Expectations for Colombian Coffee Production This Year Lowered to 14.2 Million Bags Amid Heavy Rains
Colombia is expected to produce 14.2 million bags of coffee in the current season, a decline of around half a million bags from previous estimates, according to a recent report from the United States Department of Agriculture (USDA).
In December, the Washington agency predicted that Colombia would hit 14.7 million bags in this marketing season, which runs from October through September.
The main cause of the downward revision is the unseasonably high rains that have swelled rivers and caused issues for some producers. The resulting lack of sunshine slowed the ripening of many of the millions of coffee cherries growing across the Andean nation.
“Heavy rains and cloudiness reported at the beginning of 2018 in the coffee regions reduced prospects for Colombian production,” stated the USDA’s Global Agricultural Information Network (GAIN) report.
The agency does expect this to be a temporary drop, however. The USDA continues to predict output of 14.5 million bags for 2018-19.
The report also noted that the vast majority of Colombian coffee continues to be exported. According to USDA estimates, the country will export 13.2 million bags this year, which is in line with the production decline represents a drop of 3.3% from last season.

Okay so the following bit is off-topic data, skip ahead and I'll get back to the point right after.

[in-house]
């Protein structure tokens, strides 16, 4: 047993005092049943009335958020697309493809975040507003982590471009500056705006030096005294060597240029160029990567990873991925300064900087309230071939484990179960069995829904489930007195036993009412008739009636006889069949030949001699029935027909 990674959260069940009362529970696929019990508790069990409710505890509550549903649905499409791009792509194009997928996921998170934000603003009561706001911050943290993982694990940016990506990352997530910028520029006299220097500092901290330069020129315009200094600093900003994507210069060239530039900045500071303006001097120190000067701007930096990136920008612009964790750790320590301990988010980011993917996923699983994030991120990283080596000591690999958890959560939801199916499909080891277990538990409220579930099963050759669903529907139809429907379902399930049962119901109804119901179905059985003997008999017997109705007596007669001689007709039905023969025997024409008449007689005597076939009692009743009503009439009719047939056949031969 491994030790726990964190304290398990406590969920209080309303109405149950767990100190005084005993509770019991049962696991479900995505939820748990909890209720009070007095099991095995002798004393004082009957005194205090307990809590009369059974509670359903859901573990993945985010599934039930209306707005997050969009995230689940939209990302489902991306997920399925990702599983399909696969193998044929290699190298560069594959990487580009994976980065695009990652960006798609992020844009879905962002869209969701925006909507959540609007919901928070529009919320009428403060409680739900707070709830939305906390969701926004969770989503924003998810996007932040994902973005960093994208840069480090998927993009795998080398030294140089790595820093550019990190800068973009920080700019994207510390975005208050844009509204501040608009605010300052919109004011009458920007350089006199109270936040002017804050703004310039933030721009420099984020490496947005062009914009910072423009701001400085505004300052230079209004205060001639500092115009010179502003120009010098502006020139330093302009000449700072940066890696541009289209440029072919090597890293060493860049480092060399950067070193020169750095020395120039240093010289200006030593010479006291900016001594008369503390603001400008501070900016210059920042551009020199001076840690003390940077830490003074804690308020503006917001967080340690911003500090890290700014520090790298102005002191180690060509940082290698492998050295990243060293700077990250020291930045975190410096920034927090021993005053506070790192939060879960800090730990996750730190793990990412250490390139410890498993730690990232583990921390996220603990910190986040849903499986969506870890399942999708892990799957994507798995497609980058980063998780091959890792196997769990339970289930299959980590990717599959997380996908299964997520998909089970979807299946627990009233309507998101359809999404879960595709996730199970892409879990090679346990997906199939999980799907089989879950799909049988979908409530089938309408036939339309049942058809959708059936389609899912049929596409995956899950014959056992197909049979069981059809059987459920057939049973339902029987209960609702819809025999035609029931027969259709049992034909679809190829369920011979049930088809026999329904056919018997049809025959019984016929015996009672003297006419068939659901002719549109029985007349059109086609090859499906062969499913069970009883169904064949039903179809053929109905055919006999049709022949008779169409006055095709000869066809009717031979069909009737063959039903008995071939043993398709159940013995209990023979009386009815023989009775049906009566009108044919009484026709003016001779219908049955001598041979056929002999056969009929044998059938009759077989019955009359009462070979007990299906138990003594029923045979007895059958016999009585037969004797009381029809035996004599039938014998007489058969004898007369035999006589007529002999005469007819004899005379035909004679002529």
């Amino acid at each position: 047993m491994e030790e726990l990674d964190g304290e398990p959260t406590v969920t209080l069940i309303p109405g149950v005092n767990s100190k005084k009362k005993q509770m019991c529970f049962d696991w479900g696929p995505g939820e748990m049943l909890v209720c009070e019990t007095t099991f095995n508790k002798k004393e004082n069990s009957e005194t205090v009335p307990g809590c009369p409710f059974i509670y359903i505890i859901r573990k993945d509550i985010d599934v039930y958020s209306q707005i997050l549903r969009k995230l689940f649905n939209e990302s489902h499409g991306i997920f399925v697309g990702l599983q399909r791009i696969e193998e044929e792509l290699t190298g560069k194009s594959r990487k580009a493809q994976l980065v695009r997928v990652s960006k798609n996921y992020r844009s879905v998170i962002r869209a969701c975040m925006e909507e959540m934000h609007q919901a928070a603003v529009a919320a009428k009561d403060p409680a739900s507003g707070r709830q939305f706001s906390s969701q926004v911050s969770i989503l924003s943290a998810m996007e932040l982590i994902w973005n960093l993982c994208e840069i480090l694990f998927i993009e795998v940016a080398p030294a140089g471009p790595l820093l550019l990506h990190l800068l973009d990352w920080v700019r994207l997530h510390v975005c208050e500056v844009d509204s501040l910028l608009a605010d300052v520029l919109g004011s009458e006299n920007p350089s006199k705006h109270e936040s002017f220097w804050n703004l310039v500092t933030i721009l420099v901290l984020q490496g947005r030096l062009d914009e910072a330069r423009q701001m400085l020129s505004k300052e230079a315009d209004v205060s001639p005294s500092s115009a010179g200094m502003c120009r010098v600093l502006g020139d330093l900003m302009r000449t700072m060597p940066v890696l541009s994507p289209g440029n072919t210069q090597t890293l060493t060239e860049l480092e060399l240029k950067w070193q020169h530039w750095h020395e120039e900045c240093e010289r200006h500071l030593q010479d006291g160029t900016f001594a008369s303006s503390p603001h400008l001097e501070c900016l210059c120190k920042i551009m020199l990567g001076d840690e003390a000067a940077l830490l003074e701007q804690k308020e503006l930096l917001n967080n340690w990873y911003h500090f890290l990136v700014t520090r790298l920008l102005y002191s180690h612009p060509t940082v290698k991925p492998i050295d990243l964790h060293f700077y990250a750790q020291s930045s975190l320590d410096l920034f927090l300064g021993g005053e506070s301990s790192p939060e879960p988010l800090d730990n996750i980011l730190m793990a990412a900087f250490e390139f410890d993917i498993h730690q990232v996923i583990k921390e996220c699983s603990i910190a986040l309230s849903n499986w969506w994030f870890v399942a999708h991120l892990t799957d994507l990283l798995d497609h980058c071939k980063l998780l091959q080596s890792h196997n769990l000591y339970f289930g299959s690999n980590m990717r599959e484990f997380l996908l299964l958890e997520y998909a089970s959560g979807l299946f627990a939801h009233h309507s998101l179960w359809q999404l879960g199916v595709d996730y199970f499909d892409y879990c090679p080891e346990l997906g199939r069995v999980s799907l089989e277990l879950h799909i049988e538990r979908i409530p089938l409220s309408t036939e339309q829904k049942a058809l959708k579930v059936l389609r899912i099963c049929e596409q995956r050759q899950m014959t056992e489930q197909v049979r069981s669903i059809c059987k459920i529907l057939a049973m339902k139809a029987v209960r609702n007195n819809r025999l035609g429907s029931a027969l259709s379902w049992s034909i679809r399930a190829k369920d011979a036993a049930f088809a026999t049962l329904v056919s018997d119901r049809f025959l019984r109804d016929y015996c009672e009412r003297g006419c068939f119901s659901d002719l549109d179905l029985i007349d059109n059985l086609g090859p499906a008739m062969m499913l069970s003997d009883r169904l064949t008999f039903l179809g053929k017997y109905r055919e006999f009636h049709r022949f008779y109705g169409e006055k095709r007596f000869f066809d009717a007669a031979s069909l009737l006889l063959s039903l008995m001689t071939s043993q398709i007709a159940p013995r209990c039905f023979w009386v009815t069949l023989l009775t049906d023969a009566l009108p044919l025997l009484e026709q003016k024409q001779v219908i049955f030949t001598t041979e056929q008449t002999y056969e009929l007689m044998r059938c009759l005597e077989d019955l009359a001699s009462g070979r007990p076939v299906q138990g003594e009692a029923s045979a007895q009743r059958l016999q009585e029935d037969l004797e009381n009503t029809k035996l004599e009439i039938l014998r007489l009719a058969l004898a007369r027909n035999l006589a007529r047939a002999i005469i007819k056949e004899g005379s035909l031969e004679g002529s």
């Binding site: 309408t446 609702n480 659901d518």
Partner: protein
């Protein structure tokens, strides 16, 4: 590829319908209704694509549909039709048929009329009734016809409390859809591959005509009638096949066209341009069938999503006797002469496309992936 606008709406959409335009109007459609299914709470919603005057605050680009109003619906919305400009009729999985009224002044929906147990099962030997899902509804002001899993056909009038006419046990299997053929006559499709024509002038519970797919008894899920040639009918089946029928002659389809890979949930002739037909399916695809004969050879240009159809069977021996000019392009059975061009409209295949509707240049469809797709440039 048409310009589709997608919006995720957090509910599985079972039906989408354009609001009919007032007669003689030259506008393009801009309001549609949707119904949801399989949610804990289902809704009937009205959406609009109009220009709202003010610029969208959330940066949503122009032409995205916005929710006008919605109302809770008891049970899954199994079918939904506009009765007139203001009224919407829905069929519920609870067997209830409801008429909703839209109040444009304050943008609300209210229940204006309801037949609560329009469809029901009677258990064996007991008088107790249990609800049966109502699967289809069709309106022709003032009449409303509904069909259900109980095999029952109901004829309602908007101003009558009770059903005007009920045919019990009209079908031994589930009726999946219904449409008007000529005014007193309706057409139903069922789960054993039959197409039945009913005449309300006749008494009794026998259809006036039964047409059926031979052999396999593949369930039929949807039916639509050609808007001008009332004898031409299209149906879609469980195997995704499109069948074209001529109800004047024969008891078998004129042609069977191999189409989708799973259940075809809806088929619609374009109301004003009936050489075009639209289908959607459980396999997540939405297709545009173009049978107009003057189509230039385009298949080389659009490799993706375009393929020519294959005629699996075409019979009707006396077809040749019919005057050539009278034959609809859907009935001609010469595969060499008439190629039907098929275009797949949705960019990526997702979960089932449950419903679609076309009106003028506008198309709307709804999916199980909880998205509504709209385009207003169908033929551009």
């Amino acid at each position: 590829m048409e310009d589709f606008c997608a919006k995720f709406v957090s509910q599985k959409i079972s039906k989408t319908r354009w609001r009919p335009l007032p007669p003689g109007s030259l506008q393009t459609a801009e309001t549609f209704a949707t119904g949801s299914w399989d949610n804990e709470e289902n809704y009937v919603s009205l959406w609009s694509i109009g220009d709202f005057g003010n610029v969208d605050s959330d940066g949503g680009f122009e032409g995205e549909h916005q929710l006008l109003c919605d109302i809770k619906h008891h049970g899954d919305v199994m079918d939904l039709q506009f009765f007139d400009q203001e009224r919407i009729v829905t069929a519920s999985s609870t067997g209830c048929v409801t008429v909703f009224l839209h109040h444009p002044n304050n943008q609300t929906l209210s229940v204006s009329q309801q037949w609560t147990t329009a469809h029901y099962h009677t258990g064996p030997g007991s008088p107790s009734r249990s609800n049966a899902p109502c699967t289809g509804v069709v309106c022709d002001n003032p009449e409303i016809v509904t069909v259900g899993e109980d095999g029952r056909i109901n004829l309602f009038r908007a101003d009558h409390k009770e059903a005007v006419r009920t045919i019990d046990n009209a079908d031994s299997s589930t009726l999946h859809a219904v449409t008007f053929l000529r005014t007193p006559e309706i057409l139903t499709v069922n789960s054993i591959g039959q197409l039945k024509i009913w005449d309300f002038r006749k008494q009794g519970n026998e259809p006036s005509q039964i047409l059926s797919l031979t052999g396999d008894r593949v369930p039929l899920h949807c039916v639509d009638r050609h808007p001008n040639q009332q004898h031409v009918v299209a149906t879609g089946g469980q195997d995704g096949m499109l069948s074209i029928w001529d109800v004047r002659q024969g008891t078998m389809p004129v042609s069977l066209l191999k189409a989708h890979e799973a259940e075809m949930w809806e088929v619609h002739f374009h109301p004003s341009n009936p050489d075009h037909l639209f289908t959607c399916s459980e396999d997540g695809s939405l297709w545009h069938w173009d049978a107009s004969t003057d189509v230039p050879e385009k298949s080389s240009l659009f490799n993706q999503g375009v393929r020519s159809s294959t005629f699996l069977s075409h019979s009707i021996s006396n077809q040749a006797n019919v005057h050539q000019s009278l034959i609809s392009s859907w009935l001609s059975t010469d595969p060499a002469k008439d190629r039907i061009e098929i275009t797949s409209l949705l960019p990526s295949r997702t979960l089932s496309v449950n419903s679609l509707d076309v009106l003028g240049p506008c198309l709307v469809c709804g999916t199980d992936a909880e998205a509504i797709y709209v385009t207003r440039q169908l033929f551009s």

The largest percentage will continue going to the United States. In value terms, the U.S. market receives 44% of the country’s beans, with the next three leading recipients — the European Union (25%), Japan (10%), and Canada (7%) — not even receiving that much combined.
Despite the annual production setback, the macro story for Colombian coffee production remains positive. “In the last decade, yields have increased nearly 30% due largely to higher plant density as well as a renovation program using rust-resistant varieties, which has reduced the average age of coffee trees from 15 to seven years,” wrote the USDA in a separate world coffee market report in December.
The small decrease, ultimately, does not represent a substantial decline compared to the major growth seen in recent years.
As the agency highlights, after seven straight years of production of at least 11 million bags, the 2008-09 season proved calamitous for growers. And that drop-off continued until production cratered below to below eight million bags in 2011-12.
The turnaround began the following year, however, and continued until the nation exceeded the 14 million threshold, which represents “record levels not seen since the early 1990s given the highly successful replanting program of coffee rust resistant varieties and good weather conditions.”
(Photo credit: Jared Wade)